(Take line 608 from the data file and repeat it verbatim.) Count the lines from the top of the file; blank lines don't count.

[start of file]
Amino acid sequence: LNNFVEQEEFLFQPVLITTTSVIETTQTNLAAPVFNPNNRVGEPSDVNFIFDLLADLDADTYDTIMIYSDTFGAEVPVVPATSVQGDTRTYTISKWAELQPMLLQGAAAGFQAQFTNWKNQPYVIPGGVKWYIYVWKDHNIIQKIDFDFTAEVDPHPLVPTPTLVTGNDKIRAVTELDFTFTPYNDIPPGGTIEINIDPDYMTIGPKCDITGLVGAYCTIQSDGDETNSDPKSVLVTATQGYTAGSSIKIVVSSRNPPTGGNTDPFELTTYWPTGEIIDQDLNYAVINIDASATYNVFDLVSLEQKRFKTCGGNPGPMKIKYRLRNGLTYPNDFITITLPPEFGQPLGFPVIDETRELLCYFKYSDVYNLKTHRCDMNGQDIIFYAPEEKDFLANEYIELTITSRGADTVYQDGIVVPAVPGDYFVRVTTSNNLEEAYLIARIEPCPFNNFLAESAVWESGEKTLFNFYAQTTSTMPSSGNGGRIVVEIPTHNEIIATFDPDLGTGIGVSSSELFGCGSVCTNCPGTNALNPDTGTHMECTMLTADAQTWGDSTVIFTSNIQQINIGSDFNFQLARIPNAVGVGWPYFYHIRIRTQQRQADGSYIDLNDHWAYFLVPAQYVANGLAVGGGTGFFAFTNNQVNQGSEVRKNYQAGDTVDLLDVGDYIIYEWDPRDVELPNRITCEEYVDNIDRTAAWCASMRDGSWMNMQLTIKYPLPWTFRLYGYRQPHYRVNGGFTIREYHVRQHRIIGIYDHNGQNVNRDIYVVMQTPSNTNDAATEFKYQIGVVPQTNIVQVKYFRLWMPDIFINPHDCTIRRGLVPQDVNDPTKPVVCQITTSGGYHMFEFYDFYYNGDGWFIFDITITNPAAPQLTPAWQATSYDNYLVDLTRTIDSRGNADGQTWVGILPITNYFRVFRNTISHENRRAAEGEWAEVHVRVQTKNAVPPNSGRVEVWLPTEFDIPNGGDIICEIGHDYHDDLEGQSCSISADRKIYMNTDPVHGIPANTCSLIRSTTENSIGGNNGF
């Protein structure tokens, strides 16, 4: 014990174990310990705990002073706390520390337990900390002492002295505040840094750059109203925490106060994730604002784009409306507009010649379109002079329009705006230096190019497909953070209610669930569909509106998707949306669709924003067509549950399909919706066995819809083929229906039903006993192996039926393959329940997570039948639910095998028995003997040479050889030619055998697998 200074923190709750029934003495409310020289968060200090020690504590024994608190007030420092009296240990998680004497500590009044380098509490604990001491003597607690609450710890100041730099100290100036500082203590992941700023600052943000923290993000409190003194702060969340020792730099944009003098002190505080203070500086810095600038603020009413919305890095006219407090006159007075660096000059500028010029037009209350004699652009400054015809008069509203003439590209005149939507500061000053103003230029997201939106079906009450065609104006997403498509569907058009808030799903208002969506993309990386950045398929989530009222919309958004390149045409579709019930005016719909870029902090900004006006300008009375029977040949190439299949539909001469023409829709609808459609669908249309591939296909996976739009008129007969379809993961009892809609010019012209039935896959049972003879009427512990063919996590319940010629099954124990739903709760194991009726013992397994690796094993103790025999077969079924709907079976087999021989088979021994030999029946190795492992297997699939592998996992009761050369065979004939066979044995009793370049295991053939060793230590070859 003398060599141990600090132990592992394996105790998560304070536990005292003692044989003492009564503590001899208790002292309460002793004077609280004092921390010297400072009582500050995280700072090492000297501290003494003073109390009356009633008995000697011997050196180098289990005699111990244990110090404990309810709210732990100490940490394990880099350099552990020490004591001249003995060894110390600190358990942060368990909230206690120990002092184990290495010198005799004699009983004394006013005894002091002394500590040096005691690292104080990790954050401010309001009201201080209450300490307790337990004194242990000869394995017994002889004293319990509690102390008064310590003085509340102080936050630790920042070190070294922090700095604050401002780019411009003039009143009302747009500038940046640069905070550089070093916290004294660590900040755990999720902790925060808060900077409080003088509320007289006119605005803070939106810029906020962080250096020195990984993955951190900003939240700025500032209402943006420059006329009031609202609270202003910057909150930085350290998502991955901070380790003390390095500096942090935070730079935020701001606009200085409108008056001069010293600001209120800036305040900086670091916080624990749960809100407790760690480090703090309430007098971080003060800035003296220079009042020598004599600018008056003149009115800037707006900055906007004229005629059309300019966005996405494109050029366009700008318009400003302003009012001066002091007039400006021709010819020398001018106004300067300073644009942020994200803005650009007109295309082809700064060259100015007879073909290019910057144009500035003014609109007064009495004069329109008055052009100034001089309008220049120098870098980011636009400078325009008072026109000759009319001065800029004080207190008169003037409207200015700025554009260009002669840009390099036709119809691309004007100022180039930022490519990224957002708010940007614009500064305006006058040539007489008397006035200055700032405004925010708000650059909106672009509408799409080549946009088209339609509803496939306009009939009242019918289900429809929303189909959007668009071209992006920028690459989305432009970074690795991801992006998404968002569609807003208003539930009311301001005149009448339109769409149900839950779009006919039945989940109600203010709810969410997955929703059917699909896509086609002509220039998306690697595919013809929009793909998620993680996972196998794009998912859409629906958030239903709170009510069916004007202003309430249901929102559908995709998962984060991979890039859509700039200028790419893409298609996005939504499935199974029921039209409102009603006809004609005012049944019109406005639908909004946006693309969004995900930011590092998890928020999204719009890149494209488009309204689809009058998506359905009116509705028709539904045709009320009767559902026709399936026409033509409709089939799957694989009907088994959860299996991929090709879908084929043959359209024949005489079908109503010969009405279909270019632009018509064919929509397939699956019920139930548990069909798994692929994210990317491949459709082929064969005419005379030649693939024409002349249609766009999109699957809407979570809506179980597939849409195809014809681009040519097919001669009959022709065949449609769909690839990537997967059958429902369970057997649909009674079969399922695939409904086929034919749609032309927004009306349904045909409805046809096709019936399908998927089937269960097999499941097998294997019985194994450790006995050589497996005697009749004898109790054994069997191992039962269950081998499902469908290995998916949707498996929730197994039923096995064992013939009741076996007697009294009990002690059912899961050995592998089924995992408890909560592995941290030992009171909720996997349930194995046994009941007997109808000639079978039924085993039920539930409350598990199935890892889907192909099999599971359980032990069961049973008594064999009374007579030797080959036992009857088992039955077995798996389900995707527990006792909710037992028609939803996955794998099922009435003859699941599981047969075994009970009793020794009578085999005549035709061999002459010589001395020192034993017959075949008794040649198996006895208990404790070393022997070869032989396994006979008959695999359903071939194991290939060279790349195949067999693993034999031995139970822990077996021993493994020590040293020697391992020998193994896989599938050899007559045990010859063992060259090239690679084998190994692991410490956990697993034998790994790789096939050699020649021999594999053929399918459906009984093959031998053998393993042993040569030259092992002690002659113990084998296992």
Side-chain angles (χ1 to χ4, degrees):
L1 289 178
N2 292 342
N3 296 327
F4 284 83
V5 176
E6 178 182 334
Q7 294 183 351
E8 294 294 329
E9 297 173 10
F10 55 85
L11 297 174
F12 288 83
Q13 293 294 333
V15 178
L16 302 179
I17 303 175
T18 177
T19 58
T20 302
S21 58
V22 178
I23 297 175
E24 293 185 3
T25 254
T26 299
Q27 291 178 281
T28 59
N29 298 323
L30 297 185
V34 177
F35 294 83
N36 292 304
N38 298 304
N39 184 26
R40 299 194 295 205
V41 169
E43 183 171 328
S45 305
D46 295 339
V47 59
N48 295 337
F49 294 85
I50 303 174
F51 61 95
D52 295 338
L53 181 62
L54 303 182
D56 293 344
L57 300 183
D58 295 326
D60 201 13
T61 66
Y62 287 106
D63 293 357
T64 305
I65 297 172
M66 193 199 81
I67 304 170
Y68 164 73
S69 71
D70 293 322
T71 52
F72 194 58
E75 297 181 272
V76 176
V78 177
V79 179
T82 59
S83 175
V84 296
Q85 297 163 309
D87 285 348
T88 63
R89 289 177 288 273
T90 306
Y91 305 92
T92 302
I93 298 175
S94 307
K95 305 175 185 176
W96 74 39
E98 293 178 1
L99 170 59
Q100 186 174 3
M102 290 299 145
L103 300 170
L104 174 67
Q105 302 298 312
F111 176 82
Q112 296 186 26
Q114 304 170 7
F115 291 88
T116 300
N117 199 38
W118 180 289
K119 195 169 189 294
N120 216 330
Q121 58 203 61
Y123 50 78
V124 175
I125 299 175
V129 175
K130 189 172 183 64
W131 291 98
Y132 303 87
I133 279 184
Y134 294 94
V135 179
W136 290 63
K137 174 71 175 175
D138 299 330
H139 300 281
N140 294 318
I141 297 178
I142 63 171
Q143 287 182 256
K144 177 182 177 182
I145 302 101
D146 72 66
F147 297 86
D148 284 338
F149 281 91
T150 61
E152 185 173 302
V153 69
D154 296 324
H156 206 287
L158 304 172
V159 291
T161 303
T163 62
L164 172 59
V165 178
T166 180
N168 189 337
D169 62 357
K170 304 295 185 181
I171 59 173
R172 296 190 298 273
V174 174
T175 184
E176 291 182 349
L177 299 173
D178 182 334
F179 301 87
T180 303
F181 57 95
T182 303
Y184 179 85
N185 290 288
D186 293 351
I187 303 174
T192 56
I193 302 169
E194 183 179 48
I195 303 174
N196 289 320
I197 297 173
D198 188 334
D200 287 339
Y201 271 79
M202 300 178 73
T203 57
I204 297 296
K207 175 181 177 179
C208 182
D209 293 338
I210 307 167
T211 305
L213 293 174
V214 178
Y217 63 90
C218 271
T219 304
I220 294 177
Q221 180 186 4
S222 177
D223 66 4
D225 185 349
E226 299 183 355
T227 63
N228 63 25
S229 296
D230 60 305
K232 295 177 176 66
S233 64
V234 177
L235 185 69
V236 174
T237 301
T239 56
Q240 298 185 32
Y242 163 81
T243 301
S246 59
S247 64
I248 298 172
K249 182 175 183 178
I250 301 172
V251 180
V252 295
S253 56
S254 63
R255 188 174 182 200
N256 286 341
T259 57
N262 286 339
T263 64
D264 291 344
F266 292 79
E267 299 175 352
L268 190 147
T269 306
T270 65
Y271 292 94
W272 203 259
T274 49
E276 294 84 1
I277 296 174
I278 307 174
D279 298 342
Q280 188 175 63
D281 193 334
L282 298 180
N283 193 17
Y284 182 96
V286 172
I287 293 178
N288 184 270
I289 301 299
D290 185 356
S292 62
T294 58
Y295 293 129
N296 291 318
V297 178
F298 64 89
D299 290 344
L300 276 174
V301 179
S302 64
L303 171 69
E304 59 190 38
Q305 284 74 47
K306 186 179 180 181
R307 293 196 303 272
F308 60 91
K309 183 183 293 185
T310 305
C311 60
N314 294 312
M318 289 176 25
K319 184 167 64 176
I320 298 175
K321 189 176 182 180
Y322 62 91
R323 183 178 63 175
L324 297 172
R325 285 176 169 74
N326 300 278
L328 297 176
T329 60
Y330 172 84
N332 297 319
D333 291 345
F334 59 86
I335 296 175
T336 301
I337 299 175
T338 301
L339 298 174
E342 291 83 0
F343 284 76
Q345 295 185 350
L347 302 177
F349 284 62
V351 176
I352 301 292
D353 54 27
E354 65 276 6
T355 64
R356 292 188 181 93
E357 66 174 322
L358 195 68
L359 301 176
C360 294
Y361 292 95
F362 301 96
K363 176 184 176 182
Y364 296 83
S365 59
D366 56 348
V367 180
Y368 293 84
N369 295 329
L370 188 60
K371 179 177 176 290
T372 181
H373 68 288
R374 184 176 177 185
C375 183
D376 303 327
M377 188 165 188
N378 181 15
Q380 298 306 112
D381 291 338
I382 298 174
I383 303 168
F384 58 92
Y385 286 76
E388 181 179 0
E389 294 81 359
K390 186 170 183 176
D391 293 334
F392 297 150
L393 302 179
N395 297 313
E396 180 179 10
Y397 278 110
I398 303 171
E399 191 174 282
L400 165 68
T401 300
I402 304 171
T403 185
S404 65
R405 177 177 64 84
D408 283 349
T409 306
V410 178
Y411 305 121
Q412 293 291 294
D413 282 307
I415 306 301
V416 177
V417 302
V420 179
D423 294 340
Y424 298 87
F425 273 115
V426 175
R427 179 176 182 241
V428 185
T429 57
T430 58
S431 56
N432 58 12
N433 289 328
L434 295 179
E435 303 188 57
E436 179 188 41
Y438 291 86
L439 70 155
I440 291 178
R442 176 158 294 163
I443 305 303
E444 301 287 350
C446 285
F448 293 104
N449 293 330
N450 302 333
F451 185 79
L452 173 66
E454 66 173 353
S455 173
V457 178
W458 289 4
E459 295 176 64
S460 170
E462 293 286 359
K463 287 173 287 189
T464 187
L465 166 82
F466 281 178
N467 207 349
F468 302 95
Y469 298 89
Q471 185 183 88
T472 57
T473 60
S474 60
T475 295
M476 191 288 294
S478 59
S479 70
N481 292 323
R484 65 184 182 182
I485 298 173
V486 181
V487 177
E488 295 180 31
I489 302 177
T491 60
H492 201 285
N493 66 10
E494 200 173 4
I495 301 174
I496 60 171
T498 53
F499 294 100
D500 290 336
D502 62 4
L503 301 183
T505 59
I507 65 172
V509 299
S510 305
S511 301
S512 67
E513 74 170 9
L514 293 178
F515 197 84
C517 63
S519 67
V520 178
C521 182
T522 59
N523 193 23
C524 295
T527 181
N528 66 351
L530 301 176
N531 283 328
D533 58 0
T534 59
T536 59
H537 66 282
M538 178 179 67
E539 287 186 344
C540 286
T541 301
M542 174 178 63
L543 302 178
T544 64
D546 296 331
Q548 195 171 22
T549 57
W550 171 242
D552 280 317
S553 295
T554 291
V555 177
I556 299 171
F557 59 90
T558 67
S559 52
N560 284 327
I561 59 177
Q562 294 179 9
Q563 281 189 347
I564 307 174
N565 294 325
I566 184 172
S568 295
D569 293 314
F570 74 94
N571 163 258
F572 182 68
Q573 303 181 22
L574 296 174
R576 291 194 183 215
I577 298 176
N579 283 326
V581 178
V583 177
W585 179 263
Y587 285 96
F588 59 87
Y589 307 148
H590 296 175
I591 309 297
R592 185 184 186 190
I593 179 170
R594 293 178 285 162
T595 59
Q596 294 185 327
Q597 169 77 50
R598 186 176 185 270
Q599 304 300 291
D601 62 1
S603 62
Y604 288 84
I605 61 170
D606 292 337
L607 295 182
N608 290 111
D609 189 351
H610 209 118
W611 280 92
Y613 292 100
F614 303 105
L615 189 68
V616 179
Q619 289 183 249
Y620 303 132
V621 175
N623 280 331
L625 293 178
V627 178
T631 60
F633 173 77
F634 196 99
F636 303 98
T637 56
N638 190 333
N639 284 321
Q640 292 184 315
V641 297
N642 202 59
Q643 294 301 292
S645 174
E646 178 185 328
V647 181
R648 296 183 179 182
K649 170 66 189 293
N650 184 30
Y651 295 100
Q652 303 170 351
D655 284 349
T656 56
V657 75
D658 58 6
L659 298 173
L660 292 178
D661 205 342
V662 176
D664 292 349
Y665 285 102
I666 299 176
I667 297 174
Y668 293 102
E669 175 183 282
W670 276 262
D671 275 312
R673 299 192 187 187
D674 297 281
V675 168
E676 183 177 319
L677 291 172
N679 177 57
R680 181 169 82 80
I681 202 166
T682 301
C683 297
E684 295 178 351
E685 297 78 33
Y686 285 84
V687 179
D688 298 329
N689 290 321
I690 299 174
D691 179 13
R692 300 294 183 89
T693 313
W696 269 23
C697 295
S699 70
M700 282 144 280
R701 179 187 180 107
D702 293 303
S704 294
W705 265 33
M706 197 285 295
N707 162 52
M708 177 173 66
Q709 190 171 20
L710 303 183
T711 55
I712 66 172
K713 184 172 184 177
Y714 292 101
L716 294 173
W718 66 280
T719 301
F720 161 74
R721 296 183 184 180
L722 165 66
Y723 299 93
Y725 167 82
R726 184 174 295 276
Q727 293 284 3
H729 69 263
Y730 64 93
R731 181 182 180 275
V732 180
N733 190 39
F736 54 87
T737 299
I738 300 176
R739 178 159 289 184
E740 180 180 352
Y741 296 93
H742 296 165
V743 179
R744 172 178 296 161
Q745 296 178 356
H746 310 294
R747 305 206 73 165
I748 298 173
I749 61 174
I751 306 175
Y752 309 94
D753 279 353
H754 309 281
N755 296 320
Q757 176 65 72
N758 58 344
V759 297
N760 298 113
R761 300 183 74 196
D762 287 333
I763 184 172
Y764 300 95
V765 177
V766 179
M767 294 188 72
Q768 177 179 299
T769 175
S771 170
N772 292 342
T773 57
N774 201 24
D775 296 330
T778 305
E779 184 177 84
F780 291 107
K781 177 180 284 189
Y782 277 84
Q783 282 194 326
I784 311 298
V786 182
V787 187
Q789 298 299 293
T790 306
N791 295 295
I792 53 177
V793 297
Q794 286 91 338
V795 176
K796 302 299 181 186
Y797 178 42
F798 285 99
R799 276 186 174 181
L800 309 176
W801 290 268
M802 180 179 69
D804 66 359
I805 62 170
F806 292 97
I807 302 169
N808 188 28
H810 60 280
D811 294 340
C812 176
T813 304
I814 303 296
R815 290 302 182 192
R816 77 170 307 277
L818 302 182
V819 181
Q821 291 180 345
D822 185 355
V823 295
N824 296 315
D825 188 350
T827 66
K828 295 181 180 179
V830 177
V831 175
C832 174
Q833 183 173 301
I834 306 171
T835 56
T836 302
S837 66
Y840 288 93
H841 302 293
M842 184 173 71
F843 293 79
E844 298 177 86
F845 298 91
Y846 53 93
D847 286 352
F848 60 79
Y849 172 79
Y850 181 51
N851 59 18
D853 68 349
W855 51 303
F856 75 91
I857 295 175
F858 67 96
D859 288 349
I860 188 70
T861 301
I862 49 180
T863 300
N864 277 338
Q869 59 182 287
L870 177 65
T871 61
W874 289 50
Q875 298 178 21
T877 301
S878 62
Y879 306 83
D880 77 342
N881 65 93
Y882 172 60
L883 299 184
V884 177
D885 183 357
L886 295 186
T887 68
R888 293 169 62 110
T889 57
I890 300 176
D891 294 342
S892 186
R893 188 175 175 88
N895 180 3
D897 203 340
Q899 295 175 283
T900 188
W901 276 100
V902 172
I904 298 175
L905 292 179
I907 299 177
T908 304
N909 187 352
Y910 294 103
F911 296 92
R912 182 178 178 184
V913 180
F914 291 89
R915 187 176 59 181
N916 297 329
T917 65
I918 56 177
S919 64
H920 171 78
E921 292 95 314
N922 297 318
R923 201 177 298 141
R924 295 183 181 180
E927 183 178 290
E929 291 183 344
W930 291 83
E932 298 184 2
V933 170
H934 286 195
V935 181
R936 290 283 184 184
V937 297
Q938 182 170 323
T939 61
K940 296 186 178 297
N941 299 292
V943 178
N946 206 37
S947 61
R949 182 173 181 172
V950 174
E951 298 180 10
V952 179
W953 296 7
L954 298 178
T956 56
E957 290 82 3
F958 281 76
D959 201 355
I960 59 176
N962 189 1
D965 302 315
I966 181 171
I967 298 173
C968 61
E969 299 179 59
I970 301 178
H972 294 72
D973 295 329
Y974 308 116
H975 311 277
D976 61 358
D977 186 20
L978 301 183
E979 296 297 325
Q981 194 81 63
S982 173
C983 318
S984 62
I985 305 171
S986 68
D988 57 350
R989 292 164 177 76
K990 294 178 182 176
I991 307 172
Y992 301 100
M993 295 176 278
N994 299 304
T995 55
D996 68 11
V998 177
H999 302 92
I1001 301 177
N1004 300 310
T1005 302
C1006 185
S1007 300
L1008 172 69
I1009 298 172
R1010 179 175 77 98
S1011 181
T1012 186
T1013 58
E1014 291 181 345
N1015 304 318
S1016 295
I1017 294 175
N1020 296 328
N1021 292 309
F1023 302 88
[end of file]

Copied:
N755 296 320